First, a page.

Rosedale, Miss. — “Lord, I’m goin’ to Rosedale, gonna take my rider by my side,” wailed blues legend Robert Johnson in his song “Traveling Riverside Blues.”

Now the little town of Rosedale, Miss., immortalized by Johnson, has one less reason to sing the blues. A project to restore a lake that the town’s residents use for fishing recently received $29,800 from the American Recovery and Reinvestment Act, popularly known as stimulus funds.

Johnson, the influential blues singer-songwriter of the 1930s, played throughout the Mississippi Delta, including Rosedale and nearby Lake Perry Martin. “While growing up in the area, my grandfather spent a lot of time playing around Lake Perry Martin,” said Steven Johnson, Johnson’s grandson and vice president of the Robert Johnson Blues Foundation. “He enjoyed playing for the crowds and having a good time.”

According to one widespread legend about Johnson, whose life is sometimes as much popular myth as verifiable fact, he sold his soul to the devil in exchange for supernatural mastery of his guitar at a crossroads that may have been near Rosedale or Clarksdale, Miss. Eric Clapton later paid tribute to Johnson and Rosedale when he included the town in lyrics to his song “Crossroads,” which was a hit for the ’60s rock band Cream.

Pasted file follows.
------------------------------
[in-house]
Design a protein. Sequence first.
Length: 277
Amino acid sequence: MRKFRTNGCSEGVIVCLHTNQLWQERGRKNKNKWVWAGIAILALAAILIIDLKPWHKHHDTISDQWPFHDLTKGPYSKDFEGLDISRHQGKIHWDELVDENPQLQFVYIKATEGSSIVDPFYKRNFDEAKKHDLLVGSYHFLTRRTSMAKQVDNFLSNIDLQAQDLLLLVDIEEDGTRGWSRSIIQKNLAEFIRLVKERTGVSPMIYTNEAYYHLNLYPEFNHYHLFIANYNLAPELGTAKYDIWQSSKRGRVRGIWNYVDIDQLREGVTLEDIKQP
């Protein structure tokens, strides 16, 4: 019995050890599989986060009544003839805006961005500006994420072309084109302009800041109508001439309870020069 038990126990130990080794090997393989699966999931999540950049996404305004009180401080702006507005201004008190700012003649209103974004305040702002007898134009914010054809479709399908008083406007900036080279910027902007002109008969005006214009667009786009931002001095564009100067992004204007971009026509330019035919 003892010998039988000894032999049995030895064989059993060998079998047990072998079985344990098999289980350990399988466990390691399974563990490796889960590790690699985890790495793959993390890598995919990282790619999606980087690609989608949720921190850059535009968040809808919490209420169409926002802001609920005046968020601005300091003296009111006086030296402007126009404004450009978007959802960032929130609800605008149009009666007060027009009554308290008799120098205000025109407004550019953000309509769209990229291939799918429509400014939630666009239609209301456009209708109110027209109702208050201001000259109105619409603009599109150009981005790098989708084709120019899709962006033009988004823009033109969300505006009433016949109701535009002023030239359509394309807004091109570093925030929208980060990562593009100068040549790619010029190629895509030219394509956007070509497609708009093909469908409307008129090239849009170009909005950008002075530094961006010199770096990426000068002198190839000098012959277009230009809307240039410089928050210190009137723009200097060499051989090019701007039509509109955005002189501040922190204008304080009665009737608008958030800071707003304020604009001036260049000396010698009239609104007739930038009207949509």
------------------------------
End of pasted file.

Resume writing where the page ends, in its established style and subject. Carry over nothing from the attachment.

Rosedale’s population today is around 2,400, and 82 percent is African-American. The median household income in 2007 was $21,666.

“That’s a very poor section of the Delta,” said Ron Garavelli, director of fisheries for the Mississippi Department of Wildlife, Fisheries and Parks. “They’ve really struggled economically.”

For years, the residents of Rosedale have been catching fish for their dinners at Lake Perry Martin, an 18-acre lake in Great River Road State Park stocked with catfish, bream, bass, blue gill and other species. But several years ago, the Mississippi River flooded and destroyed an old stone weir, which caused the lake to start draining back into the river. Since then Lake Perry Martin (which is named after a famous local bootlegger) has struggled, as water levels have fallen and fish kills have become prevalent in the summertime.

The stimulus contract rebuilt the stone weir to help make the lake a self-sustaining fishing spot again. “There’s no other bank fishing really within hundreds of miles,” said Garavelli. “This project will help the fishing improve, and that will help everyone there.”

“I think it’s great that the Recovery Act is helping to improve the community’s economic situation,” said Steven Johnson. “My grandfather would be honored that this is taking place — and very supportive too.”

Phil Kloer is a public affairs specialist for the Southeastern region of the U.S. Fish & Wildlife Service.